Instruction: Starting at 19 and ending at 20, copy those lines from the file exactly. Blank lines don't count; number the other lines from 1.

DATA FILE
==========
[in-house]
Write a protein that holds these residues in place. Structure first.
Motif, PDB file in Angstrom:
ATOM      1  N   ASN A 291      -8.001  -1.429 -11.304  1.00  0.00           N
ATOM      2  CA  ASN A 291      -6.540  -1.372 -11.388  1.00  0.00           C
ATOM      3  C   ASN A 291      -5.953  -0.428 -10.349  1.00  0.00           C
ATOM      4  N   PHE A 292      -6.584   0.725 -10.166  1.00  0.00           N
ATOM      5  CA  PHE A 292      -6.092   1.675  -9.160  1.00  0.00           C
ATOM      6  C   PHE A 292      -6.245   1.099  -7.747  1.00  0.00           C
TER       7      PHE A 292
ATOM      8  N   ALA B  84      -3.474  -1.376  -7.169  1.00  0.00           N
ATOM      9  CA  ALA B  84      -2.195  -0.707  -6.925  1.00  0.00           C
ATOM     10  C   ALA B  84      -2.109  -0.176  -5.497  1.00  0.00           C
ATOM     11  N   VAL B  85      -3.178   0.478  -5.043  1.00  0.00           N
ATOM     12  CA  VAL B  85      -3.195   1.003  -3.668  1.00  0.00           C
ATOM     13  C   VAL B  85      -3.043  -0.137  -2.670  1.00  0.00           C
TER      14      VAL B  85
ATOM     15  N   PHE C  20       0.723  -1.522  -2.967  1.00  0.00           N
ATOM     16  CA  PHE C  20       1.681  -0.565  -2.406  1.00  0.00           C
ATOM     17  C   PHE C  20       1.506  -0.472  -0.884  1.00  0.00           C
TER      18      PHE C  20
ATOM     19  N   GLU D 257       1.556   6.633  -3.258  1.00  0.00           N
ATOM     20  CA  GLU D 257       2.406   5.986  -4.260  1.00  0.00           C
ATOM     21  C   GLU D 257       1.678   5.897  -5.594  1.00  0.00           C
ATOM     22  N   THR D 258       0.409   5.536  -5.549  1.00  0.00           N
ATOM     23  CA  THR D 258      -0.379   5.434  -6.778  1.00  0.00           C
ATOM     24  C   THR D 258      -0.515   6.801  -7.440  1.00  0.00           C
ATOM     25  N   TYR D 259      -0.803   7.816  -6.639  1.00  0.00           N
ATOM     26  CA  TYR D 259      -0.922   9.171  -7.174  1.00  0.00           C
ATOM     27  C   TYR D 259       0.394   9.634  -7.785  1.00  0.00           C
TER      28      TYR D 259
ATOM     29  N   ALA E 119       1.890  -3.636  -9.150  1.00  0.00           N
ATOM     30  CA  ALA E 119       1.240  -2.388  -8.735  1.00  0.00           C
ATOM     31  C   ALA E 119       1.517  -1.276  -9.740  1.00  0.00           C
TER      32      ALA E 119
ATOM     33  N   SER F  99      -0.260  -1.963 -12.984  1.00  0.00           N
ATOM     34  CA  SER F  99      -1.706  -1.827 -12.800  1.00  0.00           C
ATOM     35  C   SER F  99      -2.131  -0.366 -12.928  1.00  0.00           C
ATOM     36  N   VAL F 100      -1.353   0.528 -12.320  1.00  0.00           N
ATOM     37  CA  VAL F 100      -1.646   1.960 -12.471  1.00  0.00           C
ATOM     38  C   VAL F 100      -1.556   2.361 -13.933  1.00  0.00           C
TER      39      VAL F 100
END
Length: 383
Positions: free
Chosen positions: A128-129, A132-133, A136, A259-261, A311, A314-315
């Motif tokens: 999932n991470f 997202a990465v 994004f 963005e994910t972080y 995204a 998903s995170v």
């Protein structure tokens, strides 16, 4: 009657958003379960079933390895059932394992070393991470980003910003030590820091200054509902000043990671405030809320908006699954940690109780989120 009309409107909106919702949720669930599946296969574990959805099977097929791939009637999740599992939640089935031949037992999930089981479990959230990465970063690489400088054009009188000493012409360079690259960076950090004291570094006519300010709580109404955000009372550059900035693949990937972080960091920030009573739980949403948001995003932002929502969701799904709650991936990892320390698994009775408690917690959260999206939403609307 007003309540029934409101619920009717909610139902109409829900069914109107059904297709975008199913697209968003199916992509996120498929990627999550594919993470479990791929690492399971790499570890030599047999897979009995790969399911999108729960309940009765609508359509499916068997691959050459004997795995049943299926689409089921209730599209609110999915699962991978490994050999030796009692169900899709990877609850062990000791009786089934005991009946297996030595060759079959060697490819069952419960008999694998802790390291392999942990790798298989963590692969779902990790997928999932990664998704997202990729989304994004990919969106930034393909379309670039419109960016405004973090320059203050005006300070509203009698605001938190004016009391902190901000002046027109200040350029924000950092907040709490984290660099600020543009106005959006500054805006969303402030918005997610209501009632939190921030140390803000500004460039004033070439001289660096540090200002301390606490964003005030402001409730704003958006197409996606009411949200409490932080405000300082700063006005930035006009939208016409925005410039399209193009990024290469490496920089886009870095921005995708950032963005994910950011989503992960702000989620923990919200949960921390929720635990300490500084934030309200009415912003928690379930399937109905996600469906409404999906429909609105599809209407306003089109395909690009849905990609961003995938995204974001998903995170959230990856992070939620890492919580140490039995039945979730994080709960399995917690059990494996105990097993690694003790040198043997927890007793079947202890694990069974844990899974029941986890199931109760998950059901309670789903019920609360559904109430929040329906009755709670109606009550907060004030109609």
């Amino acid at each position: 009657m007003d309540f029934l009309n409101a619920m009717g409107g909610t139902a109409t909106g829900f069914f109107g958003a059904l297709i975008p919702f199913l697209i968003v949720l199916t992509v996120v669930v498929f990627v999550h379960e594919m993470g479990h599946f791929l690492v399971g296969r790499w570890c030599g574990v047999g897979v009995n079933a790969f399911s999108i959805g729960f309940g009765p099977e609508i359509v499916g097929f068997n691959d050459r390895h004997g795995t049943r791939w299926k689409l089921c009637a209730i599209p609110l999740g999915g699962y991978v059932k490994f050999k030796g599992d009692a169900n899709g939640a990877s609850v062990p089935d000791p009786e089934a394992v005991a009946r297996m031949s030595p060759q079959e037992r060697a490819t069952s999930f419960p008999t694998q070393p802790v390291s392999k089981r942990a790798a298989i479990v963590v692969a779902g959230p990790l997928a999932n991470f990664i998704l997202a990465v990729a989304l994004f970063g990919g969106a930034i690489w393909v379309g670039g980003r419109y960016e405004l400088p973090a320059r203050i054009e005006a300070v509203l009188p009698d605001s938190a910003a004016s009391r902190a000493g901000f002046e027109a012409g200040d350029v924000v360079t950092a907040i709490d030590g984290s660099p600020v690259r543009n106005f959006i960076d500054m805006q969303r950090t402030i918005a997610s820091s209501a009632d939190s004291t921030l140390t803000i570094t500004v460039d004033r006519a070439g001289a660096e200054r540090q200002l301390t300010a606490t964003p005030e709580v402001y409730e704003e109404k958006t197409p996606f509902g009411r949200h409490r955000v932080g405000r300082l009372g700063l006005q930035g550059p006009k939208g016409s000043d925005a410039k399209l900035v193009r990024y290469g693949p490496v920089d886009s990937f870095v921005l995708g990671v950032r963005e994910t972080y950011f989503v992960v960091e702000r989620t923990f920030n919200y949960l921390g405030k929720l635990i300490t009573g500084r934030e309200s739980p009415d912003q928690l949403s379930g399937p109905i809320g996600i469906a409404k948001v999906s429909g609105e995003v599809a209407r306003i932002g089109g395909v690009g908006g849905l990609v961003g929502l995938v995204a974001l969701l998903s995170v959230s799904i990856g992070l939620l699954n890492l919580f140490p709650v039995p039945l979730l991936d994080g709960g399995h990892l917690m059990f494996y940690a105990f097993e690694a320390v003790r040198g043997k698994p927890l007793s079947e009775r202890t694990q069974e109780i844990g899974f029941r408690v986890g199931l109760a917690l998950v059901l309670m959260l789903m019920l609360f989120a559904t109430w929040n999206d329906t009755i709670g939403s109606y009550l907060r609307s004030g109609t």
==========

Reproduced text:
ATOM     16  CA  PHE C  20       1.681  -0.565  -2.406  1.00  0.00           C
ATOM     17  C   PHE C  20       1.506  -0.472  -0.884  1.00  0.00           C